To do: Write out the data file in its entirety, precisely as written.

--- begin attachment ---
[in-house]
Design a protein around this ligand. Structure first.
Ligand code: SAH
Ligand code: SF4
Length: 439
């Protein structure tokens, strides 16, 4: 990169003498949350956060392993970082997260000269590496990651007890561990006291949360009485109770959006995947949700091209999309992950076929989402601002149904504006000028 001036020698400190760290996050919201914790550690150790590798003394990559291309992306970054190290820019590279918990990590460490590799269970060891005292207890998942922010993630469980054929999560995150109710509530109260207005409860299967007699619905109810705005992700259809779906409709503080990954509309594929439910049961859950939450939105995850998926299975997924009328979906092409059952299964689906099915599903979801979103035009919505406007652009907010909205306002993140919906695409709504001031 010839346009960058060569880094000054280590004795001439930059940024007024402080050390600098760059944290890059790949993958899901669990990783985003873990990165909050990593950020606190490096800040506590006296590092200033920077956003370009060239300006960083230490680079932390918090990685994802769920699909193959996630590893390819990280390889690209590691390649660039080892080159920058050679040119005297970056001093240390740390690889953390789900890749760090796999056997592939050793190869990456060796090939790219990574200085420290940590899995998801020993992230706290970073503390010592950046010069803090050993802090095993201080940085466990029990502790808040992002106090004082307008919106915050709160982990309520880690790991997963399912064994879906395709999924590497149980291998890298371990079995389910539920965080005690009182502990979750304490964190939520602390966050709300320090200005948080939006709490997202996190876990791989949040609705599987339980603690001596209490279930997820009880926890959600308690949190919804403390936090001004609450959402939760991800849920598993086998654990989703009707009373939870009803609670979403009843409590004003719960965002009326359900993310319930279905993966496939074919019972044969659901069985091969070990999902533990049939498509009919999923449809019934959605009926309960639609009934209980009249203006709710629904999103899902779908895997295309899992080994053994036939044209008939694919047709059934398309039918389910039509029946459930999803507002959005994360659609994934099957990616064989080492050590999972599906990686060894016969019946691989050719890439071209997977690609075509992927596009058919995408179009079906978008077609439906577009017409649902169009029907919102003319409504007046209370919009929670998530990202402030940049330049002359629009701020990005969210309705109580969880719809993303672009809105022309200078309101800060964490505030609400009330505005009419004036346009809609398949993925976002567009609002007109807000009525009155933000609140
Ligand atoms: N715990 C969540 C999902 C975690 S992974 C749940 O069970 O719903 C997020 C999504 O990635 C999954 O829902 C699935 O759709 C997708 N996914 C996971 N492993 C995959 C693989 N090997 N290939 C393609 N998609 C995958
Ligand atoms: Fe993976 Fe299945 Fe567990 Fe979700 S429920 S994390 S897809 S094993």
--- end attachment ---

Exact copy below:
[in-house]
Design a protein around this ligand. Structure first.
Ligand code: SAH
Ligand code: SF4
Length: 439
């Protein structure tokens, strides 16, 4: 990169003498949350956060392993970082997260000269590496990651007890561990006291949360009485109770959006995947949700091209999309992950076929989402601002149904504006000028 001036020698400190760290996050919201914790550690150790590798003394990559291309992306970054190290820019590279918990990590460490590799269970060891005292207890998942922010993630469980054929999560995150109710509530109260207005409860299967007699619905109810705005992700259809779906409709503080990954509309594929439910049961859950939450939105995850998926299975997924009328979906092409059952299964689906099915599903979801979103035009919505406007652009907010909205306002993140919906695409709504001031 010839346009960058060569880094000054280590004795001439930059940024007024402080050390600098760059944290890059790949993958899901669990990783985003873990990165909050990593950020606190490096800040506590006296590092200033920077956003370009060239300006960083230490680079932390918090990685994802769920699909193959996630590893390819990280390889690209590691390649660039080892080159920058050679040119005297970056001093240390740390690889953390789900890749760090796999056997592939050793190869990456060796090939790219990574200085420290940590899995998801020993992230706290970073503390010592950046010069803090050993802090095993201080940085466990029990502790808040992002106090004082307008919106915050709160982990309520880690790991997963399912064994879906395709999924590497149980291998890298371990079995389910539920965080005690009182502990979750304490964190939520602390966050709300320090200005948080939006709490997202996190876990791989949040609705599987339980603690001596209490279930997820009880926890959600308690949190919804403390936090001004609450959402939760991800849920598993086998654990989703009707009373939870009803609670979403009843409590004003719960965002009326359900993310319930279905993966496939074919019972044969659901069985091969070990999902533990049939498509009919999923449809019934959605009926309960639609009934209980009249203006709710629904999103899902779908895997295309899992080994053994036939044209008939694919047709059934398309039918389910039509029946459930999803507002959005994360659609994934099957990616064989080492050590999972599906990686060894016969019946691989050719890439071209997977690609075509992927596009058919995408179009079906978008077609439906577009017409649902169009029907919102003319409504007046209370919009929670998530990202402030940049330049002359629009701020990005969210309705109580969880719809993303672009809105022309200078309101800060964490505030609400009330505005009419004036346009809609398949993925976002567009609002007109807000009525009155933000609140
Ligand atoms: N715990 C969540 C999902 C975690 S992974 C749940 O069970 O719903 C997020 C999504 O990635 C999954 O829902 C699935 O759709 C997708 N996914 C996971 N492993 C995959 C693989 N090997 N290939 C393609 N998609 C995958
Ligand atoms: Fe993976 Fe299945 Fe567990 Fe979700 S429920 S994390 S897809 S094993």